Credit Smart

Whether you’re looking to obtain a loan or need help improving your credit score, we want to find ways to extend you credit. In this chapter, you will learn the fundamentals of credit, how to improve your credit score and how to obtain the loan you need.

Unit 1: Applying for Credit 

Credit Terms & Conditions

When you decide the time is right to apply for credit, there are some things you should consider before you apply. Each type of credit comes with its own terms and conditions. 

  • Secured credit is linked to property or collateral that you own securing payment for the creditor by giving them the property if you default including auto loans, mortgages, home-equity loans, or business loans.
  • Unsecured credit requires no collateral and is not secured by property. Some examples are student loans, medical bills, and credit cards.

Ask your credit union for help in finding a line of credit that is right for you.  The most common types of credit are listed below: 

  • Revolving. Monthly minimum payments vary based on balance—the most common example is a credit card, retail card, or gas card.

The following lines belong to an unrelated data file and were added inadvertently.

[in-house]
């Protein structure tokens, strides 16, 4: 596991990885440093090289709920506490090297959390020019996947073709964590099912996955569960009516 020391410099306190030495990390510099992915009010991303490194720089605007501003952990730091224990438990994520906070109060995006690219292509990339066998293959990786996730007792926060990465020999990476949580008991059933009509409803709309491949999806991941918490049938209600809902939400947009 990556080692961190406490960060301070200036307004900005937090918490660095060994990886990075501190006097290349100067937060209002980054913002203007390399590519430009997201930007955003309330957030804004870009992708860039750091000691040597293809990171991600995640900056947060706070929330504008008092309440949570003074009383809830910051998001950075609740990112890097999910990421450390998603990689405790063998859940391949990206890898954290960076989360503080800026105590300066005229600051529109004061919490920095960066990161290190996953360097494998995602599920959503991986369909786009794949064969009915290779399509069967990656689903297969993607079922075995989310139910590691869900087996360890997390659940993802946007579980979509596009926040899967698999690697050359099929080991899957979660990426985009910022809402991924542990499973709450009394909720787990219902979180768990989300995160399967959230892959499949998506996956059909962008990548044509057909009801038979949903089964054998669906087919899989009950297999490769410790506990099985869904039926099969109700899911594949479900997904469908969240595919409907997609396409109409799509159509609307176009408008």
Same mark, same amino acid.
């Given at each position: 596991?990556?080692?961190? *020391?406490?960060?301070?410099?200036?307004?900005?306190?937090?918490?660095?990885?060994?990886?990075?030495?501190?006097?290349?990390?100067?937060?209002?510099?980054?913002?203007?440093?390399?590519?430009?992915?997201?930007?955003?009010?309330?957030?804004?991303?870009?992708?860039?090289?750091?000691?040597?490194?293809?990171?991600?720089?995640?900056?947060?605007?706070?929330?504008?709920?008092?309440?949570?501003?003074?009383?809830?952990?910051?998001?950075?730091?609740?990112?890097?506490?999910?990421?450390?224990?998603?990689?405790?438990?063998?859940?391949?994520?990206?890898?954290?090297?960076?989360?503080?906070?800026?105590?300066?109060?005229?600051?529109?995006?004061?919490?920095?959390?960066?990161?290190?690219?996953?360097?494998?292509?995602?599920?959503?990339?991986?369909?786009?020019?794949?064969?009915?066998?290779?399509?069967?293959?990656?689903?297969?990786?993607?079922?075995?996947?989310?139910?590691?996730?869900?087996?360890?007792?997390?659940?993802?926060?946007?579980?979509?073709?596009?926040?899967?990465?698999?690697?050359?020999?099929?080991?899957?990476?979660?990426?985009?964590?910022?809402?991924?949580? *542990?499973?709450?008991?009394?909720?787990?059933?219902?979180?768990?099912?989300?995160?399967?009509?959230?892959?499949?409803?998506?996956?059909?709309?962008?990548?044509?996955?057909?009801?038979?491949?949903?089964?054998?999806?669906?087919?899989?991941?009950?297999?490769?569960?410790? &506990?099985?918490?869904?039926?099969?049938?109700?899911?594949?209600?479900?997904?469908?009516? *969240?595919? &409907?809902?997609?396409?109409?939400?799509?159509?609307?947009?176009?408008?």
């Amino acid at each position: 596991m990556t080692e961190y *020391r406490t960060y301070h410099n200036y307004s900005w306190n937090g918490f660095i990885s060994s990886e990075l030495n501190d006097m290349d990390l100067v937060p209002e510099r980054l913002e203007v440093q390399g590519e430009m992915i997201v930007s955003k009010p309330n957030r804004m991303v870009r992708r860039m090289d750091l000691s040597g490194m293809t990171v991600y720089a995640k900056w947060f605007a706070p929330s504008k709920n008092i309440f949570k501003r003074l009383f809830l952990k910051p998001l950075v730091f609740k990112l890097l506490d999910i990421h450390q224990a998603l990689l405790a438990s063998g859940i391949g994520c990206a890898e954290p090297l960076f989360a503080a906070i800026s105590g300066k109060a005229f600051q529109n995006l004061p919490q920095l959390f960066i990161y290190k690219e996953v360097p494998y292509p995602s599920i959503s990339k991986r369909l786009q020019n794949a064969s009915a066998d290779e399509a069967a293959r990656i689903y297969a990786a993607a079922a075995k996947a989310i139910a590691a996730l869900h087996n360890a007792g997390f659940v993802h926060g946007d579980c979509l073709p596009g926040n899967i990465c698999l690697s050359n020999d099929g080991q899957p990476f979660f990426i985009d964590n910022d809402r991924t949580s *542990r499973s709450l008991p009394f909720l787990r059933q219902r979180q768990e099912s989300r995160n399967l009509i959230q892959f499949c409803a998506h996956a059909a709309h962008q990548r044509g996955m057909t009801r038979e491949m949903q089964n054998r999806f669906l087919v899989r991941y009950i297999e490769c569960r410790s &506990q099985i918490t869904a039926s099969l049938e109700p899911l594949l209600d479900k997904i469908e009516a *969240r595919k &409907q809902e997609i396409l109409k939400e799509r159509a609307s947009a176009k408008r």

• Open. A consumer credit line that can be used to a certain limit or paid down at any time such as a home equity line of credit.
  • Installment.  Monthly amounts are set for the life of the loan—common examples are student loans, car loans, or mortgages.

Qualifying for a Loan

When you apply for a loan, your credit union will review several factors to determine if you qualify for a loan:

  • Collateral.  An asset or something of value that a lender can take from you if you do not repay the loan. 
  • Capacity.  Lenders are concerned with whether or not you are able to repay a loan. So they will look at your income and payment history.  But if you carry a lot of debt or have an uneven work history, lenders will view these factors as risk and you may not qualify for a loan.
  • Character.  Lenders want to know if you’re trustworthy.  One measure of this is to look at your credit record.  A history of paying bills on time shows that you are responsible with your finances.
  • Credit score. Lenders look at your credit score—a numerical measure of risk.  Having a high score will create opportunities for future credit; a low score will limit your opportunities.